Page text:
I had to uncomment all the label configuration lines and then add my custom line, because once you add a custom rule all the default ones will be reset. So to add a rule on top of the default ones I ended up with the following (note that I only added the last line, all others were part of Ubuntu’s default configuration):

label ::1/128       0
label ::/0          1
label 2002::/16     2
label ::/96         3
label ::ffff:0:0/96 4
label fec0::/10     5
label fc00::/7      6
label 2001:0::/32   7
label fd00:11:22::/48 1

I only added my network’s ULA to preserve the default behavior as much as possible and only make an exception for my network specifically. so this will change the behavior only when the device has addresses from this specific ULA.

You have to restart applications for them to pick up changes to /etc/gai.conf.


  • multiple internal networks can be multiplexed onto one upstream network (even when the upstream prefix is too long (e.g. for IPv6-PD))
  • internal devices are not directly reachable from the Internet (with unidirectional mapping) (this is not a replacement for a firewall!)


  • very little documentation and online resources
  • for your devices to use IPv6 by default you have to muck with address selection preferences on each and every one of them
  • it doesn’t fall back to IPv4 when the IPv6 tunnel goes down

Routing My Way Out With IPv6: NAT6

This article is part of a series of how I built a WireGuard tunnel for getting IPv6 connectivity. Where the last step was to figure out how to route packets from devices in my private network through the WireGuard tunnel to the Internet.

I’ve explored three different methods for solving this:

I’ll try to show how to set each of them up and try to convey their pros and cons.


You should always consider IPv6-PD first!

Consider any other option only if:

  • you have a “weird” setup or want to support an esoteric use case (like I do e.g. with too many local subnets for too long a public prefix)
  • you’re willing to set up, debug and maintain a somewhat experimental configuration
  • you more or less understand the tradeoffs
  • all of the above!

Starting Point

I’ll assume the following has been set up:

  • default OpenWRT networks named “LAN”, “WAN”, “WAN6”
  • default OpenWRT firewall rules
  • an IPv6 WireGuard tunnel with the endpoint on our OpenWRT router being 2000:30:40:50::2
  • the remote WireGuard tunnel end point forwards the whole 2000:30:40:50::/64 to our OpenWRT router

NAT6 a.k.a. Masquerading

NAT6 is basically a rehash of the “the old way” of using NAT for the IPv4 Internet. The router/gateway replaces the internal source (i.e. sender) address of a packet going out with its own public address. The router makes note of original sender and recipient to be able to reverse the process when an answer comes back. When the router receives a packet it forwards it to the actual recipient by replacing the destination address with the internal address of original sender.


On the “Network > Interfaces” page edit the “WAN6” interface and set “Protocol” to “unmanaged”. Then follow the OpenWRT NAT6 and IPv6 Masquerading documentation.

In my tests the masq6_privacy setting had no impact. All outgoing packages always had an address of 2000:30:40:50::2 (i.e. the router’s WireGuard interface address). 😕 It seems using WireGuard interferes with OpenWRT’s ability to generate temporary addresses for the interface. No amount of fiddling (e.g. setting addresses with /64, suffixes to “random”, setting prefix filters, setting a delegatable prefix, but disabling delegation, … I really got desperate) on the “WAN6_WG” interfaces’ settings or creating a “WAN6” alias and doing the same to it made the temporary addresses work. 😵 You could manually add addresses with random suffixes to the WireGuard interface … maybe even write a script that changes them periodically … 😅😐😞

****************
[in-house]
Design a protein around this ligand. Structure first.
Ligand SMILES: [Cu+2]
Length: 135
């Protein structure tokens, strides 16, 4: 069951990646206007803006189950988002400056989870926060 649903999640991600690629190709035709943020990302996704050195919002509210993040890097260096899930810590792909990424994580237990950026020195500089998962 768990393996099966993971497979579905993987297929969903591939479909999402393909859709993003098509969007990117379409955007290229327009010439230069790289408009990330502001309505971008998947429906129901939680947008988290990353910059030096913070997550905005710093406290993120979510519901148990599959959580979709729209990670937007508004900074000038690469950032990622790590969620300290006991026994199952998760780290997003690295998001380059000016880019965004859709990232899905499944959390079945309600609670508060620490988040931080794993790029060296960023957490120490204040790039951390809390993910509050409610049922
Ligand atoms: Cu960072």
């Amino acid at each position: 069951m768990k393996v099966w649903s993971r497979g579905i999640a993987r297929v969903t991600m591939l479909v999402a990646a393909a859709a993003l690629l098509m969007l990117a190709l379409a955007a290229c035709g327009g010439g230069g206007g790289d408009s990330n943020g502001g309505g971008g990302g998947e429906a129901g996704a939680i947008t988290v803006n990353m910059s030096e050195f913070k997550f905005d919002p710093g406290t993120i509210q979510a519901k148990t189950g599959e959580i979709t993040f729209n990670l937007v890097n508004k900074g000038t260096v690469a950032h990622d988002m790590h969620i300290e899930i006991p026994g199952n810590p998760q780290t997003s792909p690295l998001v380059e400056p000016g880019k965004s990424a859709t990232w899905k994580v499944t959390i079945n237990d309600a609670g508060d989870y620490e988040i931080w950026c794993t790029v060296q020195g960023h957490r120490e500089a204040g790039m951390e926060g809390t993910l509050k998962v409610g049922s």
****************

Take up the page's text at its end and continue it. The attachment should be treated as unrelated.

• multiple internal networks can be multiplexed onto one upstream network (even when the upstream prefix is too long (e.g. for IPv6-PD))
  • internal devices are not directly reachable from the Internet (this is not a replacement for a firewall!)


  • connections can only be started from internal devices
  • router needs to keep state for every connection
  • router needs to touch/manipulate every packet
  • you only have one static external address, because it seems temporary addresses (i.e. IPv6 privacy extensions) don’t work with WireGuard connections

Routing My Way Out With IPv6: IPv6-PD

Since I wrote my blog post about using a WireGuard tunnel for getting IPv6 connectivity there was one thing that was bugging me immensely: having to use NAT for IPv6. 😓

My initial howto used a private network for the WireGuard VPN which led to having two translation steps: one when entering the WireGuard VPN and one when exiting. I later realized I could use the global /64 assigned to the cloud VPN endpoint for the WireGuard VPN itself and just forward all traffic to and from it on the cloud VPN endpoint. This was easy, because the address mapping was 1:1 (cloud server’s /64 ⇔ WireGuard VPNs /64). This eliminated one translation.

The second translation (i.e. the one on the OpenWRT router) is more difficult to remove. The crux of the matter is that I only have a /64 for the tunnel which means I either have to select which internal network gets to be connected or I have to “multiplex” multiple internal /64s onto one upstream /64.

I’ve explored three different methods for solving this:

I’ll try to show how to set each of them up and try to convey their pros and cons.


You should always consider IPv6-PD first!

Consider any other option only if:

  • you have a “weird” setup or want to support an esoteric use case (like I do e.g. with too many local subnets for too long a public prefix)
  • you’re willing to set up, debug and maintain a somewhat experimental configuration
  • you more or less understand the tradeoffs
  • all of the above!

Starting Point

I’ll assume the following has been set up: